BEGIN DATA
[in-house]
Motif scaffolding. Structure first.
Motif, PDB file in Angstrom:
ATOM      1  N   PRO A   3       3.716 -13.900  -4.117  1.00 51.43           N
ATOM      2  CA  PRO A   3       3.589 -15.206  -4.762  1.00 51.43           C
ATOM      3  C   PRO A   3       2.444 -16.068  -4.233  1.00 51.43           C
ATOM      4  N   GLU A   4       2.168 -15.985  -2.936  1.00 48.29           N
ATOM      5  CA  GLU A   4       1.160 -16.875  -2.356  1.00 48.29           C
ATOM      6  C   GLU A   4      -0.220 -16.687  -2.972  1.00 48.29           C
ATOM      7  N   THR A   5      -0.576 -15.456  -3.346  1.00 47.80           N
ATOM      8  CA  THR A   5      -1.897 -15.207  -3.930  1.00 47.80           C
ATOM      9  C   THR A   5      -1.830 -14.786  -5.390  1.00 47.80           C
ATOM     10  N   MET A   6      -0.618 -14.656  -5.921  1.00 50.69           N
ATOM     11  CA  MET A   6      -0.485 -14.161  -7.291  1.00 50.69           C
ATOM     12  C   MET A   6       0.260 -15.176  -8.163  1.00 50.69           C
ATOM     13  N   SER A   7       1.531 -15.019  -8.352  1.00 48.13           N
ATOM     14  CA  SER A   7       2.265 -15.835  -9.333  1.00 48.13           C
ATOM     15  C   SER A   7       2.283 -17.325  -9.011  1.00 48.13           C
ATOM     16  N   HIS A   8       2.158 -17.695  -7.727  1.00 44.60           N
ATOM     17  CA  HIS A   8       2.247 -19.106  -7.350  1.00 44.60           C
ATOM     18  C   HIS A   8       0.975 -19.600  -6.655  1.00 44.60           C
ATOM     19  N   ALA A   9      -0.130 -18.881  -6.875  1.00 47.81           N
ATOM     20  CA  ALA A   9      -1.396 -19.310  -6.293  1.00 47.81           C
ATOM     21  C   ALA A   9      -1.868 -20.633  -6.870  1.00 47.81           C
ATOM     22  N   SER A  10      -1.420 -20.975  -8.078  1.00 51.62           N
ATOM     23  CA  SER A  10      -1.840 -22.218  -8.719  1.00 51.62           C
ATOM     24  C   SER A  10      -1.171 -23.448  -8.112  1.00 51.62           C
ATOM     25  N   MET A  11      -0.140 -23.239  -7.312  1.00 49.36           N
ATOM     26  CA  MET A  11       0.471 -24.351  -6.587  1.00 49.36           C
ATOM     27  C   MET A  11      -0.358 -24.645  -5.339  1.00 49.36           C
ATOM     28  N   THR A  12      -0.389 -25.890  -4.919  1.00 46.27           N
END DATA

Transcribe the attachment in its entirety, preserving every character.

[in-house]
Motif scaffolding. Structure first.
Motif, PDB file in Angstrom:
ATOM      1  N   PRO A   3       3.716 -13.900  -4.117  1.00 51.43           N
ATOM      2  CA  PRO A   3       3.589 -15.206  -4.762  1.00 51.43           C
ATOM      3  C   PRO A   3       2.444 -16.068  -4.233  1.00 51.43           C
ATOM      4  N   GLU A   4       2.168 -15.985  -2.936  1.00 48.29           N
ATOM      5  CA  GLU A   4       1.160 -16.875  -2.356  1.00 48.29           C
ATOM      6  C   GLU A   4      -0.220 -16.687  -2.972  1.00 48.29           C
ATOM      7  N   THR A   5      -0.576 -15.456  -3.346  1.00 47.80           N
ATOM      8  CA  THR A   5      -1.897 -15.207  -3.930  1.00 47.80           C
ATOM      9  C   THR A   5      -1.830 -14.786  -5.390  1.00 47.80           C
ATOM     10  N   MET A   6      -0.618 -14.656  -5.921  1.00 50.69           N
ATOM     11  CA  MET A   6      -0.485 -14.161  -7.291  1.00 50.69           C
ATOM     12  C   MET A   6       0.260 -15.176  -8.163  1.00 50.69           C
ATOM     13  N   SER A   7       1.531 -15.019  -8.352  1.00 48.13           N
ATOM     14  CA  SER A   7       2.265 -15.835  -9.333  1.00 48.13           C
ATOM     15  C   SER A   7       2.283 -17.325  -9.011  1.00 48.13           C
ATOM     16  N   HIS A   8       2.158 -17.695  -7.727  1.00 44.60           N
ATOM     17  CA  HIS A   8       2.247 -19.106  -7.350  1.00 44.60           C
ATOM     18  C   HIS A   8       0.975 -19.600  -6.655  1.00 44.60           C
ATOM     19  N   ALA A   9      -0.130 -18.881  -6.875  1.00 47.81           N
ATOM     20  CA  ALA A   9      -1.396 -19.310  -6.293  1.00 47.81           C
ATOM     21  C   ALA A   9      -1.868 -20.633  -6.870  1.00 47.81           C
ATOM     22  N   SER A  10      -1.420 -20.975  -8.078  1.00 51.62           N
ATOM     23  CA  SER A  10      -1.840 -22.218  -8.719  1.00 51.62           C
ATOM     24  C   SER A  10      -1.171 -23.448  -8.112  1.00 51.62           C
ATOM     25  N   MET A  11      -0.140 -23.239  -7.312  1.00 49.36           N
ATOM     26  CA  MET A  11       0.471 -24.351  -6.587  1.00 49.36           C
ATOM     27  C   MET A  11      -0.358 -24.645  -5.339  1.00 49.36           C
ATOM     28  N   THR A  12      -0.389 -25.890  -4.919  1.00 46.27           N